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Is there any difference between already and previously in the context of this sentence?

We present only updates of news without repeating the facts that the user has already/previously read.

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In the context of this sentence, the difference between 'already' and 'previously' is merely based on their dictionary meanings.

Having said that, the word which is best for this use-case is 'already'. When you write 'already', it encompasses the sense of 'previously' by default. Also, the construction of the sentence is such that it favors already'. 'We present only' and 'without repeating' hints that the speaker excludes the updates which have 'already' been read (previously, of course) by the reader.

  • So, what's the difference in the meaning? – Shayan Aug 8 '17 at 11:06
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    I encourage you to check out OED. Already includes the connotation of 'by now'. While already and previously describe events that happened at an earlier time, 'already' reinforces that they happened before/by the time in question. Looking at their synonyms will lend a better idea. Already has 'by that time', 'by now' as top synonyms while 'previously' has 'formerly', 'earlier' as the top synonyms. Hope it makes things clear. – satnam Aug 8 '17 at 13:03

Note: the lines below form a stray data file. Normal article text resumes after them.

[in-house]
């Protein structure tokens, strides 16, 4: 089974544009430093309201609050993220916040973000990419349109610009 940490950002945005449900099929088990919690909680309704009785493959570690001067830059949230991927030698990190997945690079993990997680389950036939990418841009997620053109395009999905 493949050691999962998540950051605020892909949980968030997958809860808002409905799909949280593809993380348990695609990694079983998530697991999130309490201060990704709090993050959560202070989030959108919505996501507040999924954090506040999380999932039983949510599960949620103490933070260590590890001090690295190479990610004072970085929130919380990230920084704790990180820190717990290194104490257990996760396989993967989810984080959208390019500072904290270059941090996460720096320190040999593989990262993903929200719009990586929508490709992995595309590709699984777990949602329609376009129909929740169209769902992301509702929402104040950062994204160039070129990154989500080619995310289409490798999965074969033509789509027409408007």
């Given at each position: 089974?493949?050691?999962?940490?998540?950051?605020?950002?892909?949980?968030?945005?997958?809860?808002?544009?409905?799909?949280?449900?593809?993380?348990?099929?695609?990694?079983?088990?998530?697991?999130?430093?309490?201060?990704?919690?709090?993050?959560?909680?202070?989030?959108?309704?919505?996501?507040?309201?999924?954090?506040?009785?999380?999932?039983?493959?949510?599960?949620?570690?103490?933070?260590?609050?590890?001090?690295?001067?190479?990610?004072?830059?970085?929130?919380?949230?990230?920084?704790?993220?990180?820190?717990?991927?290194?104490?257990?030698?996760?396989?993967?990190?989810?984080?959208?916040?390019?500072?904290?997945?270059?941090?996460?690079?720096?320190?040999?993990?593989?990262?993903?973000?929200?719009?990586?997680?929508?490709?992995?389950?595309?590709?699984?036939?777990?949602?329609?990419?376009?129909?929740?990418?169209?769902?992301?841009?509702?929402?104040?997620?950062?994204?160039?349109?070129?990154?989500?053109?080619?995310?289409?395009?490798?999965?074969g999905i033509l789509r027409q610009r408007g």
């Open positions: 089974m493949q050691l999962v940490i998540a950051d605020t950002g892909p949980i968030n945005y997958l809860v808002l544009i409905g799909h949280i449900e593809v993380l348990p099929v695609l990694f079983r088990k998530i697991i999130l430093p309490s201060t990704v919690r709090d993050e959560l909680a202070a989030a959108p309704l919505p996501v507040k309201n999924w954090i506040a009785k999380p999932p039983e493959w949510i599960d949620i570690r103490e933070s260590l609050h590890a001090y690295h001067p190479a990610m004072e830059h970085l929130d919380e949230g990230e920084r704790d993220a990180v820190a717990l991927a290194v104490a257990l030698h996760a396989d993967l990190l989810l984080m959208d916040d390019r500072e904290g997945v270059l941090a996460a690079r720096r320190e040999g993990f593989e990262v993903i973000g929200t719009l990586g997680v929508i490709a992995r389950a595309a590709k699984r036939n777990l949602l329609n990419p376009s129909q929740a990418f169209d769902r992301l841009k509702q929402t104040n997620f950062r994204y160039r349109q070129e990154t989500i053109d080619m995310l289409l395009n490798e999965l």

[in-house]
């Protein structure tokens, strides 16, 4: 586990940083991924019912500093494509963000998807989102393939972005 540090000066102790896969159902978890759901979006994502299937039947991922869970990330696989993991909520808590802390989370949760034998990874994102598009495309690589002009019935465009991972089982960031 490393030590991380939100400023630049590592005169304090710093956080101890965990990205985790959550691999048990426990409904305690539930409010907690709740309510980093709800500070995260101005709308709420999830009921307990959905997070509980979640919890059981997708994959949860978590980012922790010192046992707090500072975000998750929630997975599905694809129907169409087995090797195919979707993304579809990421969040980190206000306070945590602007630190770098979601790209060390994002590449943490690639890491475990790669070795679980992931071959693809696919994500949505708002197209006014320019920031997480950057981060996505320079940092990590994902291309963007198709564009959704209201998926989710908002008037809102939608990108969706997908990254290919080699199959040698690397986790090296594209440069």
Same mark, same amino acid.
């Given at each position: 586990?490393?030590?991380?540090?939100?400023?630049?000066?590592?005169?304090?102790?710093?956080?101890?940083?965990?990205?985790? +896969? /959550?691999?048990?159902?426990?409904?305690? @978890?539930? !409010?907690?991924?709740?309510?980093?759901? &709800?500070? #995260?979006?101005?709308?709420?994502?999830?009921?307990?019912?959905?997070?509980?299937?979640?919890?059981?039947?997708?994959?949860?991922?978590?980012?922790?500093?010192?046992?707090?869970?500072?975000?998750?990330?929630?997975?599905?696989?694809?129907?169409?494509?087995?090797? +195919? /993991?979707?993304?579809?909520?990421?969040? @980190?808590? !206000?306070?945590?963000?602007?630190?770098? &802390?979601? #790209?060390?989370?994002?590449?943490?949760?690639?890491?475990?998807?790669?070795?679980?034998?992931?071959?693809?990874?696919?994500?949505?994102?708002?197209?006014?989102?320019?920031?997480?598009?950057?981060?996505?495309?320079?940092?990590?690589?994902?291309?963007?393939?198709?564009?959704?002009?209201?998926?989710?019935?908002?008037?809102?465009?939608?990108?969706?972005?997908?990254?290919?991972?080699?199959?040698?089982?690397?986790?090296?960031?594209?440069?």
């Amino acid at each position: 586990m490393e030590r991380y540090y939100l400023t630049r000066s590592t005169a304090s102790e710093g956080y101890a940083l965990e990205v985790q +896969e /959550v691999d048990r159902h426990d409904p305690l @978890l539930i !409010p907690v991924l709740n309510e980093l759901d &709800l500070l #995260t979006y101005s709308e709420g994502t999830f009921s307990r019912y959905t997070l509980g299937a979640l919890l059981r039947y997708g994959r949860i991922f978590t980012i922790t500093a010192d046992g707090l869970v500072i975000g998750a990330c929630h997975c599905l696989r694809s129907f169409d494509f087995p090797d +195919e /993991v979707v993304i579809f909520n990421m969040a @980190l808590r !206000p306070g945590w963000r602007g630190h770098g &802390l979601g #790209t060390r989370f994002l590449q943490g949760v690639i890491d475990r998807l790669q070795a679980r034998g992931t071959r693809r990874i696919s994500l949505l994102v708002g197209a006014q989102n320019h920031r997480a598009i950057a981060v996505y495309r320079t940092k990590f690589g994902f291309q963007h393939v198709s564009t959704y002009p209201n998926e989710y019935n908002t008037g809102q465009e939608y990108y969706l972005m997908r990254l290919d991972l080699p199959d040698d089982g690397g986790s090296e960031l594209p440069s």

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"Previously" is derived from latin praevius, "Already" is a merging of English words "all ready"

I love learning things like this in answering questions:

Already used to be two English words "All ready" but they were merged to become "already". You can read a bit more about it on dictionary.com

So this is a case of the same meaning being conveyed by words that come from different origins. It happens a lot in English due to the many languages that informed its development (and continue to influence it).

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